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Today’s show featured an interview with Anne Desjardins. She’s the host of the Silver Lymings podcast and is an account executive with PaperWorks.
Find Anne on LinkedIn.
ANNE’S ADVICE: “Activity equals activity. As much drudgery as it is to pick up the phone and call people, or send out an email, or touch base with somebody, even if it doesn’t get you somewhere, it generates enough energy in the universe to support you and stuff starts popping in other places that maybe you didn’t see it coming.”
THE PODCAST BEGINS HERE
Fred Diamond: We’re talking today with Anne Desjardins, and I’m excited to talk to you. You’re also a podcaster, but as my guests know, I also do shows not infrequently about sales professionals who have dealt with chronic illness, specifically Lyme in most cases, how they’ve overcome that, and how they’ve also worked to have very, very successful careers in sales, while also battling with Lyme disease. Of course, I’m the author of two books, Insights for Sales Game Changers. I’m also as the author of Love, Hope, Lyme: What Family Members, Partners, and Friends Who Love a Chronic Lyme Survivor Need to Know, published both books on the same day in August of 2022.
Whenever I meet a sales professional who is successful, who is vocal about their battles with Lyme disease, I love to talk to them. I want to bring more education to the marketplace, to the world about that. What I found, Anne, is that a lot of the listeners who also are dealing with challenges in sales, success in sales is always about getting past whatever the challenges might be. They could be macro, like dealing with the pandemic, of course, or it could be micro level, things like your product might have become obsolete without you knowing it, or the market might be going through some challenges, or whatever it might be. But I’m excited to talk to you. We have some interesting things in common. Give us an overview, tell us what you sell, and then I have some specific questions about Lyme, but give us an introduction to what you do as a sales professional.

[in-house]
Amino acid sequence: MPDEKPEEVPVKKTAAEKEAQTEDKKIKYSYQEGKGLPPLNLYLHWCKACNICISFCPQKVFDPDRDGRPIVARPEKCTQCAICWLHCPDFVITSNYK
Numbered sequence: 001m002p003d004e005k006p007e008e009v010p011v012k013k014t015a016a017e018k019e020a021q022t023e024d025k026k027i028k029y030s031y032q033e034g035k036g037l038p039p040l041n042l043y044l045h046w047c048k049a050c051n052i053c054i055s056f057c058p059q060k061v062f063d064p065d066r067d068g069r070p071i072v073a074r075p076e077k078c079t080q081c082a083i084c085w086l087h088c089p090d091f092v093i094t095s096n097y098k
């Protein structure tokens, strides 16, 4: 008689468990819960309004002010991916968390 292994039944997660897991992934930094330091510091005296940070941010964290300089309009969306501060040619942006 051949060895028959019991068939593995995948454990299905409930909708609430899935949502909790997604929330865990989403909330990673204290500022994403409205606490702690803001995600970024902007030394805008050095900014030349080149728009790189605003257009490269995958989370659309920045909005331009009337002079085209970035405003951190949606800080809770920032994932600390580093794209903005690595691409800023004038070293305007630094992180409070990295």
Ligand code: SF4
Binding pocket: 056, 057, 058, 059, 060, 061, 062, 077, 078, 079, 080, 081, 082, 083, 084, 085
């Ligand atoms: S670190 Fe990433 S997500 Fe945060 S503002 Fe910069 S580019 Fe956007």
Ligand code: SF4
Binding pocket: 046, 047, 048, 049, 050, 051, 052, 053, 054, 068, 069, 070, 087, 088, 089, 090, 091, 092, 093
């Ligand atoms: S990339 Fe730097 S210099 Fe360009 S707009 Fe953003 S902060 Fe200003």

Anne Desjardins: Thank you for having me and for the opportunity to share more about what I do and how I’ve survived through what I have. I specifically work for PaperWorks and I sell folding cartons, so we’re really cool in that we’re a vertically-integrated supplier. We have two paper mills and we make board out of trash, which I absolutely love because it’s really, I think, a good thing for our environment and sustainability. Then we have six converting facilities. I work with a lot of different manufacturers, mostly food, but really could be anybody who makes any type of widget that goes into a carton. I help them to either design, launch a product, figure out what packaging is going to be most effective and cost efficient for them. Then also sometimes they might have a design team that they work with and they’ll just bring me something and then I can help them get that prepared to come to our plants to get converted into an actual carton.
I think it’s pretty fun and cool. A lot of people don’t really think about the intricacies with a carton. You open it, you want what’s inside of it, you’re throwing that package out, but there’s a lot of work that goes into actually making that package, and a lot of different people. It’s really a fun thing because it’s never the same thing twice. That’s something that fits my personality very well.
Fred Diamond: I used to work at Apple Computer in the beginning of my career, and in one part I worked in product development. We got to know everybody who was on the product team. One of the most important people was, in this particular case, it was a woman who was in charge of the box. When you’re selling electronics, this was the early to mid-nineties, there were so many considerations and things that were the form of the box. Apple was a leading-edge company, of course. There were so many beautiful things related to the design, not just on the outside, but the inside of the box as well. How’d you get to this? Again, we’re talking with Anne Desjardins and it’s late summer of 2023, how did you get to be selling boxes to companies?